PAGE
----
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Fifteen years ago, give or take a few months, NCSU's J. Perry Watson had a dream - a dream that centered on British brass bands. He turned his dream into reality by persuading Capital Broadcasting and the A.J. Fletcher Foundation to provide operating support for what was to become the Triangle Brass Band, and in its earliest years, the fledgling group repaid the confidence of its backers by winning several notable prizes in national competitions. On November 3, in the Carolina Theatre's Fletcher Hall, the ensemble celebrated its 15th anniversary. It was a gala evening in several respects, starting with the distinguished panel that provided a mini-course that might have been called Brass Bands 101--the speakers included UNC musicologist Tim Carter and incumbent TBB Music Director Michael Votta, Jr., along with various players who demonstrated the often-subtle sounds of their instruments.
The program itself, for which WRAL tuba player, punster and meteorologist Greg Fishel was the master of ceremonies, demonstrated the current band's excellence during a program that hearkened back to the TBB's earliest days. Founding Conductor David Reed returned from California, where he now lives and works, to lead James Curnow's Fanfare , written for the North American British Brass Band Association, which he'd directed at the group's first concert. Resident Conductor Brian K. Doyle led William Hines' Festival Fanfare, a magnificent sample of the great Salvation Army Band tradition in which "All Creatures of our God and King" figures prominently. Votta himself then directed a sequence of numbers: a Fantasy on British Sea Songs (arr. Gordon Langford); the slow movement of Rodrigo's Concierto de Aranjuez , arranged for flugelhorn by Kevin Bolton and played with astonishing skill and dexterity by Bob Peckham; and Philip Sparke's three-section Year of the Dragon, notable for its complexity and its musical appeal, too.
The second half brought Doyle back for a paraphrase of the classic march Men of Harlech, composed by Edward German and arranged by Denis Wright. Former Music Director Jack Stamp, currently at Indiana University of Pennsylvania, returned to lead Edward Gregson's brilliant Connotations .Votta then directed euphonium soloist Ed Mallett, of NCCU, and the ensemble in a richly rewarding reading of a fantasia on "Rule Britannia," hatched by John Hartman and arranged by Tony Holtz. Hines' treatment of "Amazing Grace" returned us to the Salvation Army's literature, although in truth the evening never strayed very far from it. The grand finale was a Langford potpourri of famous British marches, in which "Rule Britannia" was again heard. The encore was a spirited reading of 76 Trombones - although there are only a handful of these instruments in the TBB.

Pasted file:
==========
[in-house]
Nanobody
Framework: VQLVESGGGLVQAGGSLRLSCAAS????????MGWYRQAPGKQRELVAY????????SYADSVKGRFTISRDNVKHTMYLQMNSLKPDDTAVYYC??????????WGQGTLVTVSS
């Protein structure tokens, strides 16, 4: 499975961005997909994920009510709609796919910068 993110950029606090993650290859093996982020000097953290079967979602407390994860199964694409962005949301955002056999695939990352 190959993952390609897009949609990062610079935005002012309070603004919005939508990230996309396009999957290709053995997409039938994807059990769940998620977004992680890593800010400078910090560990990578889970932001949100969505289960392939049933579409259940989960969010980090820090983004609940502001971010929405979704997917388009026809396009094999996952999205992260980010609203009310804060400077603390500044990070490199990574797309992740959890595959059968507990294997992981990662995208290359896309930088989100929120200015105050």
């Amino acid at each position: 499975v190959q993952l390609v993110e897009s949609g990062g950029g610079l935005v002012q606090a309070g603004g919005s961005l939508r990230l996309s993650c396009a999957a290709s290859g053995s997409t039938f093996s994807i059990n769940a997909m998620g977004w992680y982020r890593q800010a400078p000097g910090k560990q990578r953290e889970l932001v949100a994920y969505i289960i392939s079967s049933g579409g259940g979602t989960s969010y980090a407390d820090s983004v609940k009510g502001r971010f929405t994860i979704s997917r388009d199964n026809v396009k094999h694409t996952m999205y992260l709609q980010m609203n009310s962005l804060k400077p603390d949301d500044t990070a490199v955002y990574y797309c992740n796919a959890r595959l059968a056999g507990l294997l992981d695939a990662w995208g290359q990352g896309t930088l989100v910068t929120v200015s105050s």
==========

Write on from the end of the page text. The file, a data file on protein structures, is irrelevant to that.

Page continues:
Along the way, Fishel entertained the crowd and revealed many bits of the TBB's quite remarkable history. Jim Goodmon, of Capital Broadcasting, who was apparently a brass player in high school, was given his axe, made up into a lamp (perhaps in the hope that he won't apply for membership?). Bill Harris, who plays the baritone, is the TBB's VP and was a member of the original board (and is thus a bona fide "plank-holder"), recognized the other players who have been associated with the group for the duration - John Enloe and Phil Herold, cornets, Wayne Vaughan, tenor horn, Jeanne Nelson, trombone, Harvey Turner, bass trombone, and Randy Guptill, euphonium. (We've culled these names from the handsome program, which is one of the best we've seen from any local group.) Bill Austin, the ensemble's regular spokesperson, made a pitch for support and hawked CDs, the latest of which is reviewed in these pages (see our CD Review Archives). And at the end, Votta, a ten-year vet, paid tribute to his artists, noting, as another speaker had related, that this band is more than music--it's a community. For more information on the TBB, including a list of its CDs and tapes, see http://www.trianglebrass.org/.
It's hard to fault the program, which represented the roots of the TBB and exemplified some of the best literature of the British Brass Band tradition, but it seemed somewhat strange to this listener that "Rule Britannia" appeared several times while none of the great American national tunes-"The Star-Spangled Banner," "America the Beautiful" or "God Bless America"-were played. One can only imagine how these might sound when given the TBB treatment. That reservation aside, this is truly a stellar ensemble, the membership of which encompasses some of our very best players. Roughly 40% of the members are teachers, actively involved in passing along their art to the next generation (which is, in and of itself, part of the Great Tradition). To a degree that suggests the old NBC Symphony, this group is heavily populated with important first-desk artists, among whom James Ketch, Chair of the UNC Music Department, was merely the most prominent.
Throughout the evening, there were many spectacular solos, but perhaps the most impressive single thing about this concert-and it's not the first time we've noticed it-is that these brass players can and often do play SOFTLY. It CAN be done, even though many of these artists' orchestral counterparts seem oblivious to this fact. The TBB's roster of contributors includes lots of folks whose names won't be recognized by mainstream classical people, but the group is worth the attention-and support-of serious music lovers of all stripes, and attendance at their concerts probably ought to be made mandatory for some of our symphonic horn tooters, for they - above all - would have their ears opened by the experience of hearing this outfit play.
Happy anniversary - and here's to many, many more!